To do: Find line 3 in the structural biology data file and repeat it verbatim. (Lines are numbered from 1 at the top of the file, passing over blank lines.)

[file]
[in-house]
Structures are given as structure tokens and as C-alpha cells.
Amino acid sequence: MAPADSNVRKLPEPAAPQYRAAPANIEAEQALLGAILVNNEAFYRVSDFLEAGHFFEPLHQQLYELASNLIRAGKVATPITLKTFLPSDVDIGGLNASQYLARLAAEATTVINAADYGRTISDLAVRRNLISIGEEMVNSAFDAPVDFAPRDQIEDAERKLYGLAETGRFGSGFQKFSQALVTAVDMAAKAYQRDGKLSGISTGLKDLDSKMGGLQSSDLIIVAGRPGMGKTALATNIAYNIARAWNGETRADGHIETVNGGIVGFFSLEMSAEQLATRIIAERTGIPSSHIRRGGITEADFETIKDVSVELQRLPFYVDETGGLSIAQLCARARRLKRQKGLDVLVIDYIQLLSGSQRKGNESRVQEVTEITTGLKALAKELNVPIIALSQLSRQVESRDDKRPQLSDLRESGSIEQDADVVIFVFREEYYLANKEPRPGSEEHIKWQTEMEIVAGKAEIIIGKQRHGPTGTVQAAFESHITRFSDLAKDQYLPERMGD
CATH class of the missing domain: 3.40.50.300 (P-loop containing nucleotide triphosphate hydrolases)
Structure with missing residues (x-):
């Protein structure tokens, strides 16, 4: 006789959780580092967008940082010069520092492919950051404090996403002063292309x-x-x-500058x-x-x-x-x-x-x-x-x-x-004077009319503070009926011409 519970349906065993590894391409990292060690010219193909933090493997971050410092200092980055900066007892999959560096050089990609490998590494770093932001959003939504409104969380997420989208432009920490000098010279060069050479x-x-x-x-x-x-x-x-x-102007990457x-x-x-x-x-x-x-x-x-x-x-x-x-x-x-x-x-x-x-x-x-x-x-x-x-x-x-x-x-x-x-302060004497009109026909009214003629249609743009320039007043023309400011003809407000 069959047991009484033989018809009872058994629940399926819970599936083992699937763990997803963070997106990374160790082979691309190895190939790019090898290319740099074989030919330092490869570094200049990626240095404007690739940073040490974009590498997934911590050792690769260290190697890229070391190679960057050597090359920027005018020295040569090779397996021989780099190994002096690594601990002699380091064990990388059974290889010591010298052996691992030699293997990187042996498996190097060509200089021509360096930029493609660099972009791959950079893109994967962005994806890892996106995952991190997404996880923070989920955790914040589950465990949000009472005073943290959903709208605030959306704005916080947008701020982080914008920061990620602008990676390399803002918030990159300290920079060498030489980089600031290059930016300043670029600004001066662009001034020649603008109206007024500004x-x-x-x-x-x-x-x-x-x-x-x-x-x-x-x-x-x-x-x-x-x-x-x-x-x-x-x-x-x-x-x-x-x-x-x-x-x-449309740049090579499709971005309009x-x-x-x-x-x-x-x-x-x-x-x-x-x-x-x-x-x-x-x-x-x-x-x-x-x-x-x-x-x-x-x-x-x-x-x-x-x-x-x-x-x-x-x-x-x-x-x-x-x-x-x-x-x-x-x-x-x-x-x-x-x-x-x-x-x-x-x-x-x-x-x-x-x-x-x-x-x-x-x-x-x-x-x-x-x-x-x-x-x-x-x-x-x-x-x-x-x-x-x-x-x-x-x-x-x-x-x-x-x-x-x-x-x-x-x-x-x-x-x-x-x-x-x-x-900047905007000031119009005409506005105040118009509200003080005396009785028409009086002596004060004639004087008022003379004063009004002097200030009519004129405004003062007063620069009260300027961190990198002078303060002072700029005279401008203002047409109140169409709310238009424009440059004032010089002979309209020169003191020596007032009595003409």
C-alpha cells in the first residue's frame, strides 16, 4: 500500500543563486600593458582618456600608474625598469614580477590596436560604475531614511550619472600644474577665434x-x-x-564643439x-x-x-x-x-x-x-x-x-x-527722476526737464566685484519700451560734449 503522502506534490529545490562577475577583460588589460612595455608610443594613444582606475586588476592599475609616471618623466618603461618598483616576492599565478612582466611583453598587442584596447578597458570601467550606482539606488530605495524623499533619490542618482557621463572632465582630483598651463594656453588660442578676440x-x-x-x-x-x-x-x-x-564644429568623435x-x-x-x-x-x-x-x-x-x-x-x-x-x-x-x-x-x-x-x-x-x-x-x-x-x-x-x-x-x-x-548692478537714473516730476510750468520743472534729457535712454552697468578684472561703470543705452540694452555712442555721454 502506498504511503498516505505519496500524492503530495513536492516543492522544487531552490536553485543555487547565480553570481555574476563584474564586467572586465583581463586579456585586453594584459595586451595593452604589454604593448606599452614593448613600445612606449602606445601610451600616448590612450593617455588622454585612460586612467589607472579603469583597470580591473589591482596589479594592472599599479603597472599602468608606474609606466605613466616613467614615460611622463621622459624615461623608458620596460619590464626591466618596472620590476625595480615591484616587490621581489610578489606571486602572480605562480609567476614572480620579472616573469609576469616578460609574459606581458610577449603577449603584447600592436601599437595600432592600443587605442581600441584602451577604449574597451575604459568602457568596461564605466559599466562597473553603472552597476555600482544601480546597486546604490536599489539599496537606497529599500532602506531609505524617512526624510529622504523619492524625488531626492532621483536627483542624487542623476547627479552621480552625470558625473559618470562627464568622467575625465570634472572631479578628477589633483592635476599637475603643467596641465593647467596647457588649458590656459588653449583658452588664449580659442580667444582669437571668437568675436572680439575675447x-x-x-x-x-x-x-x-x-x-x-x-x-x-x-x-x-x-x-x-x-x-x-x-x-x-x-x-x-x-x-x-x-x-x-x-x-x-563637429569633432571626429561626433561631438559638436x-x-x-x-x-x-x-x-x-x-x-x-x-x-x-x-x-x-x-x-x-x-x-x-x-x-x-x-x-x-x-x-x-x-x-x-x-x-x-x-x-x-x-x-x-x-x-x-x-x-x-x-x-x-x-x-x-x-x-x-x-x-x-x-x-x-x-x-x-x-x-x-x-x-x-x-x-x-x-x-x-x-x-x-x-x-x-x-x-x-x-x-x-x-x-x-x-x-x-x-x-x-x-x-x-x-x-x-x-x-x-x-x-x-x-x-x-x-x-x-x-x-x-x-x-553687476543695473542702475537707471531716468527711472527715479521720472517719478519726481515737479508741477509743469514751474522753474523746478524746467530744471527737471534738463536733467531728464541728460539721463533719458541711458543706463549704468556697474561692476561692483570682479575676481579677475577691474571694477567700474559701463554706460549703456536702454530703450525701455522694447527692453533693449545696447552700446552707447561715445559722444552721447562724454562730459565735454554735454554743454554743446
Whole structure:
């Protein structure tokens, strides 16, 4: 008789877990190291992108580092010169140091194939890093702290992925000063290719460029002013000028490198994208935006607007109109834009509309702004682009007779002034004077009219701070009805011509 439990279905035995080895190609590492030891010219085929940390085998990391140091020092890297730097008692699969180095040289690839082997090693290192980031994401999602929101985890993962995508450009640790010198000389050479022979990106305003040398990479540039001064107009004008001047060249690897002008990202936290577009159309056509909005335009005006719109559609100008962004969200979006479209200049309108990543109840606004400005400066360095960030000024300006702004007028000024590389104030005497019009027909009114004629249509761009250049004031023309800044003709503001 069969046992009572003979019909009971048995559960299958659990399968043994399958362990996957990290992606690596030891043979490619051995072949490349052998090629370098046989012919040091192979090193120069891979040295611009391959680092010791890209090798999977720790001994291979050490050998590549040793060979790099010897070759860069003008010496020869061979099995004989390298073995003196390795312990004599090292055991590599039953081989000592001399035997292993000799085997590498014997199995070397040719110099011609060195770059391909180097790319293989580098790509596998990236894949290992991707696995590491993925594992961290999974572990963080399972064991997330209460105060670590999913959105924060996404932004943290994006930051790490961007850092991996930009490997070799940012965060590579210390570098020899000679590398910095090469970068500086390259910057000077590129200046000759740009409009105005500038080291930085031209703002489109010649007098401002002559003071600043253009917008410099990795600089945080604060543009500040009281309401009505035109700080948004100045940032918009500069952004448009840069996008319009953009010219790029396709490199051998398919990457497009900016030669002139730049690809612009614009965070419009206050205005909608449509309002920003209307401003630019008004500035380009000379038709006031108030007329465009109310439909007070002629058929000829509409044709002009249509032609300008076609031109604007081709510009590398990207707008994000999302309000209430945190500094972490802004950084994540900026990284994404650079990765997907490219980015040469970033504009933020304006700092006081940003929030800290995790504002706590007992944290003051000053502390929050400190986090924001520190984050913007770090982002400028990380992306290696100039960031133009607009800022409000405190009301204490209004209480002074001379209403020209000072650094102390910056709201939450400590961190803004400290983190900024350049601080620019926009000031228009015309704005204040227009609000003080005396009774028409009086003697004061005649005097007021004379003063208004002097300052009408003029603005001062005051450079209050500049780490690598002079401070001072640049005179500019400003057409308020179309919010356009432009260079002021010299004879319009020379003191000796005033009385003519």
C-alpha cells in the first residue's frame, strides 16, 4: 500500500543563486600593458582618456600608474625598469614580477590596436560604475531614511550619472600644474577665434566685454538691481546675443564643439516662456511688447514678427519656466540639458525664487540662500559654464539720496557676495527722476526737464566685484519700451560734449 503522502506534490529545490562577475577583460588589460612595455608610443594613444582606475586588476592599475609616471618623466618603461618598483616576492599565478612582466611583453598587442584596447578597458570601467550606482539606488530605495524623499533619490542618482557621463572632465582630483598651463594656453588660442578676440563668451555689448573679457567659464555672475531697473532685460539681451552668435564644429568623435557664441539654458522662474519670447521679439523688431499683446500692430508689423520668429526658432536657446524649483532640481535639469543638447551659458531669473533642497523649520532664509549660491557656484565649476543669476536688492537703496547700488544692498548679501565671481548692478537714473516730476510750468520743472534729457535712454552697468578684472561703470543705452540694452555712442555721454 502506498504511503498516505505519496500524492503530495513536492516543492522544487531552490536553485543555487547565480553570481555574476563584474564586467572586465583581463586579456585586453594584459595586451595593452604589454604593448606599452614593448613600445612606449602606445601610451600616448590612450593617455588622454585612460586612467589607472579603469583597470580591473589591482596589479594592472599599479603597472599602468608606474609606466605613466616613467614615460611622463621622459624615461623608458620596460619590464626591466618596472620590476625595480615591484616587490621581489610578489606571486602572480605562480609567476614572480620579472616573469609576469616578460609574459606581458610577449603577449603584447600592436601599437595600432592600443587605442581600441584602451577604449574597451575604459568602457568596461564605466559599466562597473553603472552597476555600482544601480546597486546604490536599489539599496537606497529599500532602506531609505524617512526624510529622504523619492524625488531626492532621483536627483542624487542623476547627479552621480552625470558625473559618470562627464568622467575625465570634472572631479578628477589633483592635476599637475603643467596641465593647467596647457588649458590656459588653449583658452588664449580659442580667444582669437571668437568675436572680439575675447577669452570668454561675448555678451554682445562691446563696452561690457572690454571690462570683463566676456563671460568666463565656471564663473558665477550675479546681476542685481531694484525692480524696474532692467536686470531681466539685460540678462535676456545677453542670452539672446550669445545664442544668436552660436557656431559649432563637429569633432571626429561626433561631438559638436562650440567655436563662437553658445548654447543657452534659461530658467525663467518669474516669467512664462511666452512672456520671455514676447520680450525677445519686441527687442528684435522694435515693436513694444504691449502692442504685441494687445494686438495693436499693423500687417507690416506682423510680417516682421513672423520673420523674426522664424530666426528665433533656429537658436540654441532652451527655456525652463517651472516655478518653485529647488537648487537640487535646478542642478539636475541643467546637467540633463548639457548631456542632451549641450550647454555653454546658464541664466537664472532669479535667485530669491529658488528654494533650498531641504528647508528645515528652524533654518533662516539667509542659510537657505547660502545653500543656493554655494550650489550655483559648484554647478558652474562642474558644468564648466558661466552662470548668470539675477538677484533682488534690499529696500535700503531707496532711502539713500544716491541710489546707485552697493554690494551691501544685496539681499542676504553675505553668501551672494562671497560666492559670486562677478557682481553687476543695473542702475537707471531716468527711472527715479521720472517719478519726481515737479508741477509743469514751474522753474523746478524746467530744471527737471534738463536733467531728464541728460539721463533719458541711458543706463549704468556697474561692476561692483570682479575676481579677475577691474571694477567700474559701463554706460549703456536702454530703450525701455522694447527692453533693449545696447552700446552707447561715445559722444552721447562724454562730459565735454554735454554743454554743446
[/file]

Amino acid sequence: MAPADSNVRKLPEPAAPQYRAAPANIEAEQALLGAILVNNEAFYRVSDFLEAGHFFEPLHQQLYELASNLIRAGKVATPITLKTFLPSDVDIGGLNASQYLARLAAEATTVINAADYGRTISDLAVRRNLISIGEEMVNSAFDAPVDFAPRDQIEDAERKLYGLAETGRFGSGFQKFSQALVTAVDMAAKAYQRDGKLSGISTGLKDLDSKMGGLQSSDLIIVAGRPGMGKTALATNIAYNIARAWNGETRADGHIETVNGGIVGFFSLEMSAEQLATRIIAERTGIPSSHIRRGGITEADFETIKDVSVELQRLPFYVDETGGLSIAQLCARARRLKRQKGLDVLVIDYIQLLSGSQRKGNESRVQEVTEITTGLKALAKELNVPIIALSQLSRQVESRDDKRPQLSDLRESGSIEQDADVVIFVFREEYYLANKEPRPGSEEHIKWQTEMEIVAGKAEIIIGKQRHGPTGTVQAAFESHITRFSDLAKDQYLPERMGD